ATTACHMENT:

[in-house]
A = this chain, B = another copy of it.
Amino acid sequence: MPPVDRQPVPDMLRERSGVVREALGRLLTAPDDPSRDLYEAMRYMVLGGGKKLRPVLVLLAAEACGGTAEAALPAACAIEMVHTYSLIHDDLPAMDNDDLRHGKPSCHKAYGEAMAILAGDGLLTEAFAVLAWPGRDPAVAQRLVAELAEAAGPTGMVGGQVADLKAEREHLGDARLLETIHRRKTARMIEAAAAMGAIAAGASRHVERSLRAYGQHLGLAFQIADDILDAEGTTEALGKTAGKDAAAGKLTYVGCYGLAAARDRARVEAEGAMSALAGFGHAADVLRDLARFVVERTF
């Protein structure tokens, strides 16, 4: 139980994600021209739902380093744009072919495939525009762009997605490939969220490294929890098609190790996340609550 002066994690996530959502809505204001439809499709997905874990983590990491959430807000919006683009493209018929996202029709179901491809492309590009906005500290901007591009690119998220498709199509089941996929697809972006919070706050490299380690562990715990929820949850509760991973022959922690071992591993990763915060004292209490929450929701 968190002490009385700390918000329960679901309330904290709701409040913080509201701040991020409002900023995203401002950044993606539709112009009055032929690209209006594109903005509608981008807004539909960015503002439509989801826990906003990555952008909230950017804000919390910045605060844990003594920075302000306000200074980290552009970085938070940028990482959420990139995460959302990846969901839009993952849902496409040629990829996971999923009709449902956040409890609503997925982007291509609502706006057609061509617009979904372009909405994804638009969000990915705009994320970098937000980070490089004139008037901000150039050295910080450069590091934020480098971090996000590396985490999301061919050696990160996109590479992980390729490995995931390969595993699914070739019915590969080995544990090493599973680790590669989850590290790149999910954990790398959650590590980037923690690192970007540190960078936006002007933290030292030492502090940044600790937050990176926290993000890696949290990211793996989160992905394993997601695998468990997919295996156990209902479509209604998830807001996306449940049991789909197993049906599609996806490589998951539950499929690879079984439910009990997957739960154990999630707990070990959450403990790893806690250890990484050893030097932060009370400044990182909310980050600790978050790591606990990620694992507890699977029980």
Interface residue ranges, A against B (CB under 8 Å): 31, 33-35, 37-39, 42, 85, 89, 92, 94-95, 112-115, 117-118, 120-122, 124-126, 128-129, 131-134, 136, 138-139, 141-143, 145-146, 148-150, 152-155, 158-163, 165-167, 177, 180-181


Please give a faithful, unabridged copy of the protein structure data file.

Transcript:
[in-house]
A = this chain, B = another copy of it.
Amino acid sequence: MPPVDRQPVPDMLRERSGVVREALGRLLTAPDDPSRDLYEAMRYMVLGGGKKLRPVLVLLAAEACGGTAEAALPAACAIEMVHTYSLIHDDLPAMDNDDLRHGKPSCHKAYGEAMAILAGDGLLTEAFAVLAWPGRDPAVAQRLVAELAEAAGPTGMVGGQVADLKAEREHLGDARLLETIHRRKTARMIEAAAAMGAIAAGASRHVERSLRAYGQHLGLAFQIADDILDAEGTTEALGKTAGKDAAAGKLTYVGCYGLAAARDRARVEAEGAMSALAGFGHAADVLRDLARFVVERTF
């Protein structure tokens, strides 16, 4: 139980994600021209739902380093744009072919495939525009762009997605490939969220490294929890098609190790996340609550 002066994690996530959502809505204001439809499709997905874990983590990491959430807000919006683009493209018929996202029709179901491809492309590009906005500290901007591009690119998220498709199509089941996929697809972006919070706050490299380690562990715990929820949850509760991973022959922690071992591993990763915060004292209490929450929701 968190002490009385700390918000329960679901309330904290709701409040913080509201701040991020409002900023995203401002950044993606539709112009009055032929690209209006594109903005509608981008807004539909960015503002439509989801826990906003990555952008909230950017804000919390910045605060844990003594920075302000306000200074980290552009970085938070940028990482959420990139995460959302990846969901839009993952849902496409040629990829996971999923009709449902956040409890609503997925982007291509609502706006057609061509617009979904372009909405994804638009969000990915705009994320970098937000980070490089004139008037901000150039050295910080450069590091934020480098971090996000590396985490999301061919050696990160996109590479992980390729490995995931390969595993699914070739019915590969080995544990090493599973680790590669989850590290790149999910954990790398959650590590980037923690690192970007540190960078936006002007933290030292030492502090940044600790937050990176926290993000890696949290990211793996989160992905394993997601695998468990997919295996156990209902479509209604998830807001996306449940049991789909197993049906599609996806490589998951539950499929690879079984439910009990997957739960154990999630707990070990959450403990790893806690250890990484050893030097932060009370400044990182909310980050600790978050790591606990990620694992507890699977029980």
Interface residue ranges, A against B (CB under 8 Å): 31, 33-35, 37-39, 42, 85, 89, 92, 94-95, 112-115, 117-118, 120-122, 124-126, 128-129, 131-134, 136, 138-139, 141-143, 145-146, 148-150, 152-155, 158-163, 165-167, 177, 180-181